Upon the Loss of His Little Finger
Arithmetic nine digits, and no more,
Admits of, then I still have all my store.
For what mischance hath ta'en from my left hand,
It seems did only for a cipher stand.
But this I'll say for thee, departed joint,
Thou wert not given to steal, nor pick, nor point
At any in disgrace; but thou didst go
Untimely to thy death only to show
The other members what they once must do:
Hand, arm, leg, thigh, and all must follow too.
Oft didst thou scan my verse, where, if I miss
Henceforth, I will impute the cause to this.
A finger's loss (I speak it not in sport)
Will make a verse a foot too short.
Farewell, dear finger: much I grieve to see
How soon mischance hath made a hand of thee.
This witty, macabre poem is from the early sixteenth century, when the clever playing-out of conceits, often with spiritual connotations, was much prized. I assume the mischance Randolph mentions actually happened, causing him to lose a finger and then turn life's lead into poetic gold by writing this epitaph. He begins by punning on digits, meaning numerals but also fingers (digit for numbers comes from the Latin digitus for finger, because people would count on them). He is considering 1 to 9 as the digits allowed by arithmetical rules, and consoling himself that he still has all required digits, despite the loss of one finger, which now must represent zero (the cipher of line 4, and perhaps that word, which can also mean writing in a secret code, suggests why he is teasing out various meanings from his finger's loss, trying to figure out what this strange personal mutilation might mean). Zero, a late joiner to the arithmetical game (reaching Europe in the tenth century, via the Islamic scholars resident in the Iberian peninsula), is not considered quite a regular number here; it is the presence that indicates an absence.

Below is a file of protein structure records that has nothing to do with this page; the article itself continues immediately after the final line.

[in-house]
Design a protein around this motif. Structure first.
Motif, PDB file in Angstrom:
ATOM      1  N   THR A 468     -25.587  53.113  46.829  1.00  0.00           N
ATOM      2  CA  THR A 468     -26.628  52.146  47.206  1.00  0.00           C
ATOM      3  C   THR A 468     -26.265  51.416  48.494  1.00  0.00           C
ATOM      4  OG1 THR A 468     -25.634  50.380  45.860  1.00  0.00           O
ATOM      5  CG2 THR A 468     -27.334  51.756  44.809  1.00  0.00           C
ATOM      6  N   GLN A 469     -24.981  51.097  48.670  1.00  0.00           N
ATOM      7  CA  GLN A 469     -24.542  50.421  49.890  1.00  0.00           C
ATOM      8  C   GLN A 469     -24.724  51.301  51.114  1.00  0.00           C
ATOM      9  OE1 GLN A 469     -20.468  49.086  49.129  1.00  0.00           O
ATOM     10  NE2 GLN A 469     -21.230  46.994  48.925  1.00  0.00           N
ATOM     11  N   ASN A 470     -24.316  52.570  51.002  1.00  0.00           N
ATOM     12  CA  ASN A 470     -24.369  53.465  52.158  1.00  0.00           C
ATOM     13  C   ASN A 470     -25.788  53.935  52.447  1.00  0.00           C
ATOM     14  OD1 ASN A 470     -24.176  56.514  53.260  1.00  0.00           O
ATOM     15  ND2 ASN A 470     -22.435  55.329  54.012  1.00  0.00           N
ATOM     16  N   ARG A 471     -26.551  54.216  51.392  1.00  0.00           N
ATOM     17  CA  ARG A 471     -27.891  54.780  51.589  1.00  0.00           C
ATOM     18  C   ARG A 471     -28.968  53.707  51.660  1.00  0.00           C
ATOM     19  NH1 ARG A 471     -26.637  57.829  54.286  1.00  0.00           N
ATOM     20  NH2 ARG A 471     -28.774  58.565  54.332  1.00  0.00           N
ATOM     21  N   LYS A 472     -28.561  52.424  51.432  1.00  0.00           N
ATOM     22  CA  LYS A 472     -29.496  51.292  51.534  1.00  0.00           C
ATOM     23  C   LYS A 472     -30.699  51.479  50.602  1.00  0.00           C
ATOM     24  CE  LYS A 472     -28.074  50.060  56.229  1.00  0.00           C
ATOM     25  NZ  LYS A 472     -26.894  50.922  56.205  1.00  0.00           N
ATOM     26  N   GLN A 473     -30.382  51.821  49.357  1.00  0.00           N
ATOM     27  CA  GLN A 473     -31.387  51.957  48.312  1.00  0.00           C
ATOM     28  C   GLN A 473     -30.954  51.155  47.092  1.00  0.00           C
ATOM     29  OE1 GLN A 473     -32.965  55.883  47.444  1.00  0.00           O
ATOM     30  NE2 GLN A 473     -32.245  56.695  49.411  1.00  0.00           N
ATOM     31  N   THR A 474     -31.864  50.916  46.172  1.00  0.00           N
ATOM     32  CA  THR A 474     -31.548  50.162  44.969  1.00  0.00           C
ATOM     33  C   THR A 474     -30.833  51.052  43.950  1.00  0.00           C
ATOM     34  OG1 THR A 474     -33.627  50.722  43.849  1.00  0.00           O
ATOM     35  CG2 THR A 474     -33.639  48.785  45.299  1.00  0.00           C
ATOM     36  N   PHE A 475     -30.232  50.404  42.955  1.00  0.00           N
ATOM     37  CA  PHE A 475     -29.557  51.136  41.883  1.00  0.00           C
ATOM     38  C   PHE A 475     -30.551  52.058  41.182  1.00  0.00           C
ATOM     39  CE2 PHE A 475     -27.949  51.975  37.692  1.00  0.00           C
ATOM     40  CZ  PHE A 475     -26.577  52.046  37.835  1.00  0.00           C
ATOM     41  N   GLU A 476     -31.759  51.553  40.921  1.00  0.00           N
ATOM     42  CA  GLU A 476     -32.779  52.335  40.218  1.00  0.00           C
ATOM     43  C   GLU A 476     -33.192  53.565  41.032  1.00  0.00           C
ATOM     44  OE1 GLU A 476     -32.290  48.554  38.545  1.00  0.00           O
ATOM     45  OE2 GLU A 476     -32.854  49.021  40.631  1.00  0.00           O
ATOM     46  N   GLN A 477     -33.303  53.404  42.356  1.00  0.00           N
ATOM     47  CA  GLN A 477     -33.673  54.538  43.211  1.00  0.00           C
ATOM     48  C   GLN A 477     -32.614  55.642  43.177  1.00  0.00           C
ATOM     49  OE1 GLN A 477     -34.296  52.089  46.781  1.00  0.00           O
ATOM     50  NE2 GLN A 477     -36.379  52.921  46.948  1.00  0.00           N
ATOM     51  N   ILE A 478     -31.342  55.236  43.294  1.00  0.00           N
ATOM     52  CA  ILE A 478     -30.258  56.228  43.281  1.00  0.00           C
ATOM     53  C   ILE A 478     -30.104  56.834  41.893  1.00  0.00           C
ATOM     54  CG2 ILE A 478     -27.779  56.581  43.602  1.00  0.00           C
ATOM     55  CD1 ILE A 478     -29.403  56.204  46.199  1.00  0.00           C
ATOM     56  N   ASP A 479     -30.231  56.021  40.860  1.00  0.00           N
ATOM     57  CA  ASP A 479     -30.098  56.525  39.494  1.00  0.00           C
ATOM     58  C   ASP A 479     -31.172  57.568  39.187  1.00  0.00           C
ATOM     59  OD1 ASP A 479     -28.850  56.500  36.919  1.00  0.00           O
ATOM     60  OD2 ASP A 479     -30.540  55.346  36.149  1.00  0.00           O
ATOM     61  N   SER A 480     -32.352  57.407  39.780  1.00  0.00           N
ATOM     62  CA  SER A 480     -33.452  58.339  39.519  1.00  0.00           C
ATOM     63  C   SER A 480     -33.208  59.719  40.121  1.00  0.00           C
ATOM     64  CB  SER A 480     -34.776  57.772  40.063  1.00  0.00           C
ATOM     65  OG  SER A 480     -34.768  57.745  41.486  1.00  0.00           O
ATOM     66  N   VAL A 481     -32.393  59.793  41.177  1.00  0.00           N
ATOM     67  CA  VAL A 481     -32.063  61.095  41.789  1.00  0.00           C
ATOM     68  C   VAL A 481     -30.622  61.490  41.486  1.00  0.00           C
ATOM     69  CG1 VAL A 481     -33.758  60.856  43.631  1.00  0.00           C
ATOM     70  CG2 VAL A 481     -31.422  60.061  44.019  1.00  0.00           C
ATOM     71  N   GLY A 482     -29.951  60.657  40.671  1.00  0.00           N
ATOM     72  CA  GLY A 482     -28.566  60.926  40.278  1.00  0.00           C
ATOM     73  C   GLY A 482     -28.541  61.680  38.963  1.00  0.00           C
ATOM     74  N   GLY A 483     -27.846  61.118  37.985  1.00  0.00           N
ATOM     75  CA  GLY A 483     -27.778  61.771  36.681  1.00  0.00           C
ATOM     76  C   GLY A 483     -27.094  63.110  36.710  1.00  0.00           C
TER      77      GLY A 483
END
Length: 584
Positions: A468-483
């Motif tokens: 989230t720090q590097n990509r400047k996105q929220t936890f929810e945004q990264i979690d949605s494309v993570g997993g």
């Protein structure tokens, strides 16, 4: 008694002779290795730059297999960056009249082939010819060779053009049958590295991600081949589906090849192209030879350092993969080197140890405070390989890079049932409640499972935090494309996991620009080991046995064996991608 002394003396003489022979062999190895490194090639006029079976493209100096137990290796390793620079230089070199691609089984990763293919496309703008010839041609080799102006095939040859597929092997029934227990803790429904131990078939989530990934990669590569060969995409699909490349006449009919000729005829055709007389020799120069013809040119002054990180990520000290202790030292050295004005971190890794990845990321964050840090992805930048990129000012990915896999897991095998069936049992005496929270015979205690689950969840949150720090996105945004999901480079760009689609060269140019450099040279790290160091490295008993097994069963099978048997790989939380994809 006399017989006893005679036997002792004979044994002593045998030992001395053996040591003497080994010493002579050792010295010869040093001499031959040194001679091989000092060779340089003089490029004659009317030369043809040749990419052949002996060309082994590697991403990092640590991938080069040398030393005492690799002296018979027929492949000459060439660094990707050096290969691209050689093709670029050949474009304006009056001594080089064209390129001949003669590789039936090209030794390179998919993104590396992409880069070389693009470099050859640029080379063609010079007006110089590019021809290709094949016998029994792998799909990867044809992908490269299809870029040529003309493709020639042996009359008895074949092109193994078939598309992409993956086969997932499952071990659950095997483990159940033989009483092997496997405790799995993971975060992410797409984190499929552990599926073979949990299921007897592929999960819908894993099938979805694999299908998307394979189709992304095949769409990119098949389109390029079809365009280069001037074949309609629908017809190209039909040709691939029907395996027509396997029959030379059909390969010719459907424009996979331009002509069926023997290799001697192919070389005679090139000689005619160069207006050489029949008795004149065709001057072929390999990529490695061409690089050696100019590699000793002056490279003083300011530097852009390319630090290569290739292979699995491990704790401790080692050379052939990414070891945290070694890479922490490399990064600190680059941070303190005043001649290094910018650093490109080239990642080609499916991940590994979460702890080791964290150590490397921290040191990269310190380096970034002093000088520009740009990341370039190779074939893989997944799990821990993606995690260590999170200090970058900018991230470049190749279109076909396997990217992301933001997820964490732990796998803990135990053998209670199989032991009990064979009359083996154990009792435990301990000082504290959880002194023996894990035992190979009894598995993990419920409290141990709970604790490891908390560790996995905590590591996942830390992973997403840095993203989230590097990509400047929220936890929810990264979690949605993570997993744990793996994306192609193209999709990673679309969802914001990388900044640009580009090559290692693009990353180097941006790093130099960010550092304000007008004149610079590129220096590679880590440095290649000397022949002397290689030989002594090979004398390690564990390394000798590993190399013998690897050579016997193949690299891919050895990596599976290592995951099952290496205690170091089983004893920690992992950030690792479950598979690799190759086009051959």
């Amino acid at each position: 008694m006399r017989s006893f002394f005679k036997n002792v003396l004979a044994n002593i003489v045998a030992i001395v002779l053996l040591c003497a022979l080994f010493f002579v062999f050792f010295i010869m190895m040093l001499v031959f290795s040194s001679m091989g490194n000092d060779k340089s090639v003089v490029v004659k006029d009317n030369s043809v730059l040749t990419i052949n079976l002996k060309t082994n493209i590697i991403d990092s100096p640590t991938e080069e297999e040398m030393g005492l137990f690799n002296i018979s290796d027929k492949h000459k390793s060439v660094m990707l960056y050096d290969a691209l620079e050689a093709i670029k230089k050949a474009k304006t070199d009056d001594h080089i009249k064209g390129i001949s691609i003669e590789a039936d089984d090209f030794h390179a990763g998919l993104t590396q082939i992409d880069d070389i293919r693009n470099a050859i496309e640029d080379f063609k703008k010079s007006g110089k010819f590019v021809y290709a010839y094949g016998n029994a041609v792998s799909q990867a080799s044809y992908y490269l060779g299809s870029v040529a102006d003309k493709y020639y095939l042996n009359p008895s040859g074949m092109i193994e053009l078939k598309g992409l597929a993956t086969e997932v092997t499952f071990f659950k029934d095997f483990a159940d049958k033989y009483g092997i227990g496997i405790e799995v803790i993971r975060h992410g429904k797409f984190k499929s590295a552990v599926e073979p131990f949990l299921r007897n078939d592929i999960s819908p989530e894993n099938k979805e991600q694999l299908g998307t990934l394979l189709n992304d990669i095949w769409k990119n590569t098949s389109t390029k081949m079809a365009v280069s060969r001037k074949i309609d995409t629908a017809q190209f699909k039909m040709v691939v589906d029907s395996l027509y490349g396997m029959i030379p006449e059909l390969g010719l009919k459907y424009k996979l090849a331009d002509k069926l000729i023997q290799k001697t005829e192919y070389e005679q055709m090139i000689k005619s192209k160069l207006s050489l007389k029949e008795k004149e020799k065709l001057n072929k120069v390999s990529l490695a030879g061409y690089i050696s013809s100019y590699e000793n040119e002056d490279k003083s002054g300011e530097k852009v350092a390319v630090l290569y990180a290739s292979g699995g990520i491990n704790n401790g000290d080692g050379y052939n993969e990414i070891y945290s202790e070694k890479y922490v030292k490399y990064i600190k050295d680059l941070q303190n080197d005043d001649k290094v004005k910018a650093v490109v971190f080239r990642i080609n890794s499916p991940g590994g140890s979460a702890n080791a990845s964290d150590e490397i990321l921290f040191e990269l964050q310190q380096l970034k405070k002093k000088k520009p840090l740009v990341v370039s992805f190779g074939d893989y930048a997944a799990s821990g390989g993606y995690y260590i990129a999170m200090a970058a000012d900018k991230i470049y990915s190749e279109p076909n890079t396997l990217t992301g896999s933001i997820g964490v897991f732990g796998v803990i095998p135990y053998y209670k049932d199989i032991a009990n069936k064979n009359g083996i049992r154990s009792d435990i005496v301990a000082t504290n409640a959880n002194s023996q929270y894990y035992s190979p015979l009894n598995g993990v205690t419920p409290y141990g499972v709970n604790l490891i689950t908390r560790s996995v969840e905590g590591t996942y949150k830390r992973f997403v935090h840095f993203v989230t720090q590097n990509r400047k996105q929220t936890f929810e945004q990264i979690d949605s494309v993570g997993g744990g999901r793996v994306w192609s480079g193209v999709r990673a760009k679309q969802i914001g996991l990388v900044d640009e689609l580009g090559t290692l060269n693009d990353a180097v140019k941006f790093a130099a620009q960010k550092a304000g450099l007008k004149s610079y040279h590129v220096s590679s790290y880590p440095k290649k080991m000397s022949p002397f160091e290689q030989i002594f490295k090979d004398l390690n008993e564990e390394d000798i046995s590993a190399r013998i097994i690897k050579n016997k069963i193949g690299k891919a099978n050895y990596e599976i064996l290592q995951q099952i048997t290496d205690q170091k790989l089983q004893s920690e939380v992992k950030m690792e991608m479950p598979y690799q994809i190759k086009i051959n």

Randolph then eulogizes the moral worth of his lost finger: it did not steal, nor pick (pilfer), nor add to the shame of others by pointing out their shame; instead, it demonstrates a useful lesson in impending mortality, reminding the rest of Randolph's body parts of the way of all flesh. In listing the admonished parts, the poet starts with those closest to the finger: the hand, then the arm, and then the parts most like the arm: the leg and thigh, as if each is unconscious of the inevitability of death until reminded by the loss of a part close to or resembling it.
Having considered the arithmetical and moral implications of losing his finger, Randolph moves on to a practical consideration: he used his fingers to count out his five-beat lines (a reminder of the elemental physical nature, the link to the body and dance and especially song, underlying even an elaborate and sophisticated jeu d'esprit like this). Randolph puns on foot meaning a group of syllables making up a metrical unit in poetry as well as the thing you put shoes on: losing his finger might lead to the loss of a (poetic) foot, and indeed the line in which he announced this consequence (Will make a verse a foot too short) is indeed short a foot (that is, it's a four-beat line, contrasted with the five-beat lines in the rest of the poem). This loss is really hitting home for a poet! Despite his playful wit, there is a mournful undercurrent to all his comparisons: the digit that was his finger now stands for zero, the finger's loss is a memento mori incorporated in his body, his poetry will now halt in with missing feet. He concludes with a final farewell to his dear finger, adding one last pun, the effect of which is unfortunately blunted for us because the idiom to make a hand of [something], meaning to make away with or to make an end of [something], fell out of usage a few centuries ago. As with the earlier pun on foot, we now have the lost finger turned into a hand: a synecdochal reminder that the loss of the one finger prefigures the eventual loss of his entire body (and indeed Randolph died young – thirty years old).
This poem is from The New Oxford Book of Seventeenth Century Verse, edited by Alastair Fowler.